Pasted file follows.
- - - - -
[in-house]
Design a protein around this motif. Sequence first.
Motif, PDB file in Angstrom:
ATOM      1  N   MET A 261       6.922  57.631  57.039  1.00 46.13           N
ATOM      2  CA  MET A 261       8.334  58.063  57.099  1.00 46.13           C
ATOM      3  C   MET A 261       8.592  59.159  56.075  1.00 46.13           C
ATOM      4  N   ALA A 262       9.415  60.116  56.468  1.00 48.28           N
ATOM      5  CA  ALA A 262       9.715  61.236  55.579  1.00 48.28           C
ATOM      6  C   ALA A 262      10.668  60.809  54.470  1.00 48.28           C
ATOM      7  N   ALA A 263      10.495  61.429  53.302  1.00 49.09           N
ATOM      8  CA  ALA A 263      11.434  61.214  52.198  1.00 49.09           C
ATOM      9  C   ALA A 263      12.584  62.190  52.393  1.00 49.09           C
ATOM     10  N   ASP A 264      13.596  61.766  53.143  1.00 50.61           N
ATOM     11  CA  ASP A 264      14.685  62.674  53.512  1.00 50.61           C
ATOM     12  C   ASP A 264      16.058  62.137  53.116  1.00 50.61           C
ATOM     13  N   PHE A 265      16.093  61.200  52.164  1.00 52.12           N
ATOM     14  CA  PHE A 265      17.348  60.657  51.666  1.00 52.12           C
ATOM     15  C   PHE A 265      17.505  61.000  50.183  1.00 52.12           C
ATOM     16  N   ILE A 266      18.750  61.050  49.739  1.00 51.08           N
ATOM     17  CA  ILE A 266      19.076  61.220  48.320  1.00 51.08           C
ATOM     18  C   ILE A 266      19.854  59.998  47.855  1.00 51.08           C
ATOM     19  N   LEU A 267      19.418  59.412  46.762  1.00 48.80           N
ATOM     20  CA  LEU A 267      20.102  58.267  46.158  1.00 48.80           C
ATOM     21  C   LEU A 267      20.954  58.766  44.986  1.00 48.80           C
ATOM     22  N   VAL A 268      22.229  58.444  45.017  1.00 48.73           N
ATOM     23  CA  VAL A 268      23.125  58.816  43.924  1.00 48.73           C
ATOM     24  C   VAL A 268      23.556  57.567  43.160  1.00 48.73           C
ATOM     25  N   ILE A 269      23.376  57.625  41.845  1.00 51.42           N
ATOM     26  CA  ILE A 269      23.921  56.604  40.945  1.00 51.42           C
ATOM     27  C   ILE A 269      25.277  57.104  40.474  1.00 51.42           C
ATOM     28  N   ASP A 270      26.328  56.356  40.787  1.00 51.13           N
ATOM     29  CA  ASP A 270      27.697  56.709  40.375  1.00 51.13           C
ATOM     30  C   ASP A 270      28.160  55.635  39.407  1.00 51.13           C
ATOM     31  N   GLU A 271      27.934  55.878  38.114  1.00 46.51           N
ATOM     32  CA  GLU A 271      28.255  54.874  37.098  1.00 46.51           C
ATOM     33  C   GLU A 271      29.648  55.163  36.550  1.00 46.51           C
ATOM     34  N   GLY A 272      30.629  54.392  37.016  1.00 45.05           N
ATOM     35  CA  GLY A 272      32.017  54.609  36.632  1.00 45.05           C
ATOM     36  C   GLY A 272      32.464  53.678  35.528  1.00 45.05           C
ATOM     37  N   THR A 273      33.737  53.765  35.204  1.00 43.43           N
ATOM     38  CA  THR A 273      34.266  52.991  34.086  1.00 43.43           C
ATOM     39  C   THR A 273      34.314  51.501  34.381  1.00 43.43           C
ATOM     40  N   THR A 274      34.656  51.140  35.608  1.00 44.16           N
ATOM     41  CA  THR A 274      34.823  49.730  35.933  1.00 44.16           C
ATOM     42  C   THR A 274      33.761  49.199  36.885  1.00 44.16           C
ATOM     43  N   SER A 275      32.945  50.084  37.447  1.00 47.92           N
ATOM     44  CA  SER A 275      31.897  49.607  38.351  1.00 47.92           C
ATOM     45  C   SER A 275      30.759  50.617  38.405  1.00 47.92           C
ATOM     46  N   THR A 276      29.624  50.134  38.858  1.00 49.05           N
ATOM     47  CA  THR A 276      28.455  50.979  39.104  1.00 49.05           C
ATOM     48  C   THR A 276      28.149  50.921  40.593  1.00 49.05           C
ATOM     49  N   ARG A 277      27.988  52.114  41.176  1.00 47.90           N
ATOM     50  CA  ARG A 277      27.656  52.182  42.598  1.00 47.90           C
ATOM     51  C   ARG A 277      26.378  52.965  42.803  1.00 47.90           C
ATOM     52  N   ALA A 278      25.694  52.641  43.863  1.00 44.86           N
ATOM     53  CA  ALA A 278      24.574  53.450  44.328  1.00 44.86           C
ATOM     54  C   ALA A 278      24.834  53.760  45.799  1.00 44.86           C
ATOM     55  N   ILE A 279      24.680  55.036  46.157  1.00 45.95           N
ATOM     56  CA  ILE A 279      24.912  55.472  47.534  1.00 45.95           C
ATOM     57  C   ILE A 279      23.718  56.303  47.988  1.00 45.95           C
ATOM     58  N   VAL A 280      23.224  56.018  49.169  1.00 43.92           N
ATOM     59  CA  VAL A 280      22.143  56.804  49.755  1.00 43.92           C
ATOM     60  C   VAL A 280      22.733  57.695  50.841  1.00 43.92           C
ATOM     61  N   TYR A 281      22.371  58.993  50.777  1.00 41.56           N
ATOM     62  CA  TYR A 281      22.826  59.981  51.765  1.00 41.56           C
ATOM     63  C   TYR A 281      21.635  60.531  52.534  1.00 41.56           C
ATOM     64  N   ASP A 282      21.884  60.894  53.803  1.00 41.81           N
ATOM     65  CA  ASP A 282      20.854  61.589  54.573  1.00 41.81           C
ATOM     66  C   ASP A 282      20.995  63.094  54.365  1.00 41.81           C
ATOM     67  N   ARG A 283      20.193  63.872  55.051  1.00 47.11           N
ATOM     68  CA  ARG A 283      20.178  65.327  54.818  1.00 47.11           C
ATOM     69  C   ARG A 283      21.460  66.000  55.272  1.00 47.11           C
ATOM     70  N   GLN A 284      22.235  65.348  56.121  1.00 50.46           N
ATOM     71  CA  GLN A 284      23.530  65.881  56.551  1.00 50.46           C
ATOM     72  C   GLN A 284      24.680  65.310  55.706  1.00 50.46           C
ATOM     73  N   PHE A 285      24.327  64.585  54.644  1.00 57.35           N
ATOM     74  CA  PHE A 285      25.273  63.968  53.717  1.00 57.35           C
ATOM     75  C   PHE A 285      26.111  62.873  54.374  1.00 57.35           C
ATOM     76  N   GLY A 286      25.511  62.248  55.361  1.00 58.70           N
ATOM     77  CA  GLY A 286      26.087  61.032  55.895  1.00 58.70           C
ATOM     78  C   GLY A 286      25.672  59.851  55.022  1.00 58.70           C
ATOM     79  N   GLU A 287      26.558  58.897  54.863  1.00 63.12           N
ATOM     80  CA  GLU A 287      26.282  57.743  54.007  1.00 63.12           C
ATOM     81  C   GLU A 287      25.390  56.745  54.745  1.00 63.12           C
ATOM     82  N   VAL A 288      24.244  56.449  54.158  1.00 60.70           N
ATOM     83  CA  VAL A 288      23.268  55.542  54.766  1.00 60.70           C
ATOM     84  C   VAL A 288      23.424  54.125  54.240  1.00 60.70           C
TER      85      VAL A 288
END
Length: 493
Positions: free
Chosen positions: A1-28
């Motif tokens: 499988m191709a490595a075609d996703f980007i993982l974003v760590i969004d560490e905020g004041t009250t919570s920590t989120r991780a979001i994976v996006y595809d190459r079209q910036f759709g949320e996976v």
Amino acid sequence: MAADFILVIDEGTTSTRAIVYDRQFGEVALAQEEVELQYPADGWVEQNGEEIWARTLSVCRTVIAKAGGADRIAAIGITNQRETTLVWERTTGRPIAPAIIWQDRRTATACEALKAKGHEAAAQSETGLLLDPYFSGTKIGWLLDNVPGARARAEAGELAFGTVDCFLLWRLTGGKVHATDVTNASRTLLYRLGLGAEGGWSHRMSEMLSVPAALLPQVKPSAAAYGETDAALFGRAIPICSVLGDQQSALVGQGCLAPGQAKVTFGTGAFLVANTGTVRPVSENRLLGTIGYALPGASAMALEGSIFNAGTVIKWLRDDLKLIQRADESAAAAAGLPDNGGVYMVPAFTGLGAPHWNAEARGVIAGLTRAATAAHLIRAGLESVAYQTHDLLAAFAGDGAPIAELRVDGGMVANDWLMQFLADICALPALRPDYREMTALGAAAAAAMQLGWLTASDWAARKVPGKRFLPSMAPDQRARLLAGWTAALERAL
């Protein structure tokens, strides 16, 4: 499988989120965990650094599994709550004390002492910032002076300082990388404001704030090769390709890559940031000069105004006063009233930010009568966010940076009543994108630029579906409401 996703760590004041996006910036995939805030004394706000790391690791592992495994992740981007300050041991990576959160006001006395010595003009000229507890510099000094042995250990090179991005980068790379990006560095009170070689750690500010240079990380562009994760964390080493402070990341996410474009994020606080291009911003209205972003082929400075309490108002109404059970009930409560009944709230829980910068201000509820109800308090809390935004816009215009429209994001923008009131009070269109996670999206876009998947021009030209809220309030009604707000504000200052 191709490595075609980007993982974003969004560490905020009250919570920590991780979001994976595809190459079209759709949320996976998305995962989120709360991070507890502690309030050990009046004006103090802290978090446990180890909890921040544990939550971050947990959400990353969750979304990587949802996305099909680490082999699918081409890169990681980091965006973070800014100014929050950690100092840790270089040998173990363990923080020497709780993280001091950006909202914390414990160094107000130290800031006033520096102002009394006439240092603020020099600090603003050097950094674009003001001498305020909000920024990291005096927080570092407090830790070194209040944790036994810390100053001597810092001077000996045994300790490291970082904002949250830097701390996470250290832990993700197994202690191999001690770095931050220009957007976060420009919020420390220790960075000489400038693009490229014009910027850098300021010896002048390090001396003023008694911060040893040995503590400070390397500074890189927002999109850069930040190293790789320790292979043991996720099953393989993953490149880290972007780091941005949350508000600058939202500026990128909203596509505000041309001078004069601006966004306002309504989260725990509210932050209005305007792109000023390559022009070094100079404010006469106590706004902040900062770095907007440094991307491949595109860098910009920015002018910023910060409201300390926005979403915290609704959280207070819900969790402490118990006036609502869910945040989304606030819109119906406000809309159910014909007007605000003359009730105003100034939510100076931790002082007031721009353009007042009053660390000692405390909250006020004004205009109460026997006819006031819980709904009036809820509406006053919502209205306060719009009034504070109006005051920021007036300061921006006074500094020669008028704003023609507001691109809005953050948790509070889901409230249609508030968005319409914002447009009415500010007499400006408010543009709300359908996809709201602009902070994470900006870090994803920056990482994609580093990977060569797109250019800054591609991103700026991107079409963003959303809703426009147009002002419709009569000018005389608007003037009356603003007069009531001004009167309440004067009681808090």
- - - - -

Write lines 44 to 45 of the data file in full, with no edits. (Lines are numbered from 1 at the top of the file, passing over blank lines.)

ATOM     41  CA  THR A 274      34.823  49.730  35.933  1.00 44.16           C
ATOM     42  C   THR A 274      33.761  49.199  36.885  1.00 44.16           C